Smoking is the biggest cause of preventable death in England. It is estimated that in 2013, 79,900 deaths in adults aged 35 and over were caused by smoking, this equates to 17% of all deaths in this age group.
Data available in the latest refresh of the Public Health Outcomes Framework shows that 18.4% of the population in England smoke. However, the prevalence of smoking varies significantly by socio-economic group; in the UK 12.7% of people in managerial and professional occupations smoke compared with 28.4% of those in routine and manual occupations.
For those interested in statistics on smoking, more are available in our local authority Tobacco Control Profiles.
We all know that smoking is the single biggest risk factor for cancer and clearly, the marked social gradient in the prevalence of smoking, pictured above, translates across to inequalities in the incidence of, and deaths from diseases associated with smoking.
Stark evidence of this is clearly presented in our report, published in partnership with Cancer Research UK, which draws attention to the dominance of the contribution of lung cancer to excess deaths in the more socio-economically deprived. Findings demonstrate that if all socio-economic groups had the rates of the least deprived, around 5,800 deaths from lung cancer could be prevented each year in England.
So what are we in Public Health England doing about smoking? What can we all do, as public health professionals, as local leaders, or as peers, friends or family members, to help people stop smoking to save lives and reduce health inequalities?
Smoking is one of seven key priorities for us over the next 5 years. We are committing our efforts to reducing smoking and stopping children starting.
Working closely with our partners in local and national government, with the NHS, the voluntary and community sector, and with industry and academia, we will strive to make a significant difference over the coming five to ten years.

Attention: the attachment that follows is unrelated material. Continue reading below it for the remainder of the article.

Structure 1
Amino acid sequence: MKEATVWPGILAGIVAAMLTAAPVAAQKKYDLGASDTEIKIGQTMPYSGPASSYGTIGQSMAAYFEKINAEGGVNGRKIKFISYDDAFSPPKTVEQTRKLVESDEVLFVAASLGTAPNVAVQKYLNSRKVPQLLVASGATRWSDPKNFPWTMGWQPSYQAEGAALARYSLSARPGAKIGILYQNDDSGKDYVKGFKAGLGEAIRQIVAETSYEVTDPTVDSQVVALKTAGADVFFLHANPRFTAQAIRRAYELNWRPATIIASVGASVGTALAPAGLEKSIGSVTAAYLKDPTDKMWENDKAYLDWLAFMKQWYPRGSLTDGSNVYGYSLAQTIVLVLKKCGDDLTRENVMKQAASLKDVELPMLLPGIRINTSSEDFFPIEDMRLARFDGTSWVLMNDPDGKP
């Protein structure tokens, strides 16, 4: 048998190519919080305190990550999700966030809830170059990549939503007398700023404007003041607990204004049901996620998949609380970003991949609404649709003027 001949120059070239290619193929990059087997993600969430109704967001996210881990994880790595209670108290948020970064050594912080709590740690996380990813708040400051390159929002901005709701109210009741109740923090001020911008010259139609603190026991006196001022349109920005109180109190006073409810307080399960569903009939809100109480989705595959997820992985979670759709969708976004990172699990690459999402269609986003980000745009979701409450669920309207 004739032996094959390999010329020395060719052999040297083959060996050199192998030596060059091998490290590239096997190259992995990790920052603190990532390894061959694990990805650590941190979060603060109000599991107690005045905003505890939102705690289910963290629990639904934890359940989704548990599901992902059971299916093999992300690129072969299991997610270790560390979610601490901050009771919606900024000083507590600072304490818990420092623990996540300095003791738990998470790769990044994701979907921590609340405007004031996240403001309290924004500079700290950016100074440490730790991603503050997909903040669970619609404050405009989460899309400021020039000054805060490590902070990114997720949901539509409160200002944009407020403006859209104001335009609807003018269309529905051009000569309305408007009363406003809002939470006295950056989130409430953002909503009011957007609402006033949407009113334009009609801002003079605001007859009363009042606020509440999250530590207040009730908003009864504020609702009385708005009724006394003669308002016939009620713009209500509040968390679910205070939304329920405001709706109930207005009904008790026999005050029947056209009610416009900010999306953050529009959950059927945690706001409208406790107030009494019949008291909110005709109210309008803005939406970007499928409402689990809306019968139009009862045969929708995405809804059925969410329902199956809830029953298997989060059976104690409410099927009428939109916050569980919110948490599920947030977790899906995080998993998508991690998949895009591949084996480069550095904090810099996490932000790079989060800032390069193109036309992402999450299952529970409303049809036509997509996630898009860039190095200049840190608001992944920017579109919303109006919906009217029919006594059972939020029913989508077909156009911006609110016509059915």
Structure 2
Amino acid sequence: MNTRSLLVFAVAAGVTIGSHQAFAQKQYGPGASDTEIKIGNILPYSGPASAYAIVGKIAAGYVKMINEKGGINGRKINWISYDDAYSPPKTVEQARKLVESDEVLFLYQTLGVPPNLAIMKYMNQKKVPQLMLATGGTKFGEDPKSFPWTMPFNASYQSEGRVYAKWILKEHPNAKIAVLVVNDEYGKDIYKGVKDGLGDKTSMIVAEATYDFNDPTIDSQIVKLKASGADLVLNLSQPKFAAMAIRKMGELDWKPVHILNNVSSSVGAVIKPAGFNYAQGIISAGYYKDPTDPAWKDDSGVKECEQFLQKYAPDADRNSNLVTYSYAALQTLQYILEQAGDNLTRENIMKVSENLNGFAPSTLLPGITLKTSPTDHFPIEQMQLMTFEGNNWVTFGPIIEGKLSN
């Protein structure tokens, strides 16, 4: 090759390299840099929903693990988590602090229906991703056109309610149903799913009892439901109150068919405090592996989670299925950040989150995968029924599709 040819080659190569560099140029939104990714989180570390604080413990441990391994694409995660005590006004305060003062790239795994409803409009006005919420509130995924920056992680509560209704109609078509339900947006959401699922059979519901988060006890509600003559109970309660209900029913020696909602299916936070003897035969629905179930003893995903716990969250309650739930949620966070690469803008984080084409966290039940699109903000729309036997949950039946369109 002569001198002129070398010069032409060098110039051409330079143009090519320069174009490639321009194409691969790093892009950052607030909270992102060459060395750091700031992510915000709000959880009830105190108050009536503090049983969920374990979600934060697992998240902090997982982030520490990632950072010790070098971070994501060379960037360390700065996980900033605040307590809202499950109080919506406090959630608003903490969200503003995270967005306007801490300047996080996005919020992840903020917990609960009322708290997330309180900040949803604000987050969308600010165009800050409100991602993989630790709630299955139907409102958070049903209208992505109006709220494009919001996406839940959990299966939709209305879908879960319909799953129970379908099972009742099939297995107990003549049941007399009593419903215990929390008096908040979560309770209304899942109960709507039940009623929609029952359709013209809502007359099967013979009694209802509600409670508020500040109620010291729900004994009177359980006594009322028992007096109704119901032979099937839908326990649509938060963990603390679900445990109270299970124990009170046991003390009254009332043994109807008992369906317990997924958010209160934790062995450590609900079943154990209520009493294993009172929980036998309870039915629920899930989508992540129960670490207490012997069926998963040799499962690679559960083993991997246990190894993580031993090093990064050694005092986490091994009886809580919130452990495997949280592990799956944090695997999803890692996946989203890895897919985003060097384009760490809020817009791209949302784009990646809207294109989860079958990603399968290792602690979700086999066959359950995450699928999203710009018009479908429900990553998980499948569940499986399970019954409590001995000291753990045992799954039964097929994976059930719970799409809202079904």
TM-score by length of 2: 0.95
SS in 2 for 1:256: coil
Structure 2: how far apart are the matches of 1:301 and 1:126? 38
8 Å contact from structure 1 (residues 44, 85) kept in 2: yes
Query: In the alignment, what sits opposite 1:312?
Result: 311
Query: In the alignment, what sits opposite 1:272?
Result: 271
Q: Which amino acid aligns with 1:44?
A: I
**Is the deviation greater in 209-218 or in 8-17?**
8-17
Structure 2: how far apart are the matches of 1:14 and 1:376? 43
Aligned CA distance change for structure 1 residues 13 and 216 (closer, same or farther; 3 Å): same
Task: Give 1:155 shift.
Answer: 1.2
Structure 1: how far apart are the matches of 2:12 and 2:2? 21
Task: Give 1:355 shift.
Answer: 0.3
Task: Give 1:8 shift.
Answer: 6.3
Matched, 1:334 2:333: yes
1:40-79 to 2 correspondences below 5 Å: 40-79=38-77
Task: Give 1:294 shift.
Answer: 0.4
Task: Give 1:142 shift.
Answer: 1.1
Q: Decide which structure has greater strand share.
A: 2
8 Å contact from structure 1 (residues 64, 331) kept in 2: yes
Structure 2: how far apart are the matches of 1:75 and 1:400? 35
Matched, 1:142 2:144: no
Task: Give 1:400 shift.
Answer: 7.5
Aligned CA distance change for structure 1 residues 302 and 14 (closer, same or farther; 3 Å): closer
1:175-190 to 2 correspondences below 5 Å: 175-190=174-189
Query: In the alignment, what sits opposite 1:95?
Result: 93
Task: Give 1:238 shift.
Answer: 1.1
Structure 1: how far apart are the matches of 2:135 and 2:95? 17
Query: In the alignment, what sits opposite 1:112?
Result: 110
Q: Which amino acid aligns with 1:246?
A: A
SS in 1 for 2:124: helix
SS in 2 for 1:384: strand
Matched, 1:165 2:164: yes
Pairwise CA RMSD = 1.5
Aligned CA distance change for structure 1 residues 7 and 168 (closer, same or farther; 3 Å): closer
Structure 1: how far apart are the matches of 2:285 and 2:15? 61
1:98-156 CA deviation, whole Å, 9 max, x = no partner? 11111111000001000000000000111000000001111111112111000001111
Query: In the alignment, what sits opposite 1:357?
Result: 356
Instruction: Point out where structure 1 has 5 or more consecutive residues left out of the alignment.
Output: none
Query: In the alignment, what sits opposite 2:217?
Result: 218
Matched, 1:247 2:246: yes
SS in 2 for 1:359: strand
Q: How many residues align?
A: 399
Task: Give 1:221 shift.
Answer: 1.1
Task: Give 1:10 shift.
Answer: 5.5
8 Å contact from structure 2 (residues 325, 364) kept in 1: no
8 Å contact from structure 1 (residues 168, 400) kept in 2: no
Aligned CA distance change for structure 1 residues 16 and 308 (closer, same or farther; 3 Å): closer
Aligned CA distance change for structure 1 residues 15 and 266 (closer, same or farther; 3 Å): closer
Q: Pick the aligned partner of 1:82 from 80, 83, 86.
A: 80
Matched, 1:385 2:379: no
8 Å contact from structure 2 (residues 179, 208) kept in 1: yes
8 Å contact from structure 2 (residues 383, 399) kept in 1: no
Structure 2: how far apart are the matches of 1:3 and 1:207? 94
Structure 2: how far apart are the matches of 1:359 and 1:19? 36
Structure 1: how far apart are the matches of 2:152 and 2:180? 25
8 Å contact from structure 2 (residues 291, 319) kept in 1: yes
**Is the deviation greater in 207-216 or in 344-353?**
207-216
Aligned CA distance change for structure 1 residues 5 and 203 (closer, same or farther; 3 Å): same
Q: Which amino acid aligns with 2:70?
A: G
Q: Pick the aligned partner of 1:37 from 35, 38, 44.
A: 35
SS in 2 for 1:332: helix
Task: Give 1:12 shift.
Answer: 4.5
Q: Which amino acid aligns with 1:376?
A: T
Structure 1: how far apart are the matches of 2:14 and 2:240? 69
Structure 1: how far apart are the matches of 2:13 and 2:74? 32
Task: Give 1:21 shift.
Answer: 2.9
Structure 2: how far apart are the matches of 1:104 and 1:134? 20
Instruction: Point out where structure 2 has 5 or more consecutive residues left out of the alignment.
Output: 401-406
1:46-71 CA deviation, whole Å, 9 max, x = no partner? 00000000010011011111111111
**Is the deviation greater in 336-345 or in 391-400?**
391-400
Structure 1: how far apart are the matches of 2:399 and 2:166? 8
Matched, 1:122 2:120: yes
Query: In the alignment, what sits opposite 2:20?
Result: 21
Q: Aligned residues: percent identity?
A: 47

If you’re a public health professional or a local councillor, I would urge you to encourage your local tobacco control team to take up Public Health England’s offer to provide CLeaR assessment training for two people engaged in tobacco control in each local authority area. The CLeaR assessment is an opportunity to evaluate efforts on the control of tobacco, benefits of which include greater impact for the reduction of inequalities caused by smoking.
I hope all readers of this blog will be familiar with this year’s Stoptober campaign which used a humorous slant to promote the campaign’s messages and encourage as many people as possible across the country to take part. Those who successfully took part in Stoptober and didn’t smoke for 28 days are now 5 times more likely to remain smoke free.
If you want to help someone who didn’t take part in Stoptober this year, or someone who would like continued support, pointing them in the direction of their local Stop Smoking Service is a great step to take.
I want to see a real reduction in health inequalities over the next 5 years in England and a huge contribution to this reduction can be realised through collective efforts on tobacco control. If you have any comments on how we can really make a difference in reducing health inequalities associated with smoking, I would be pleased to hear your thoughts.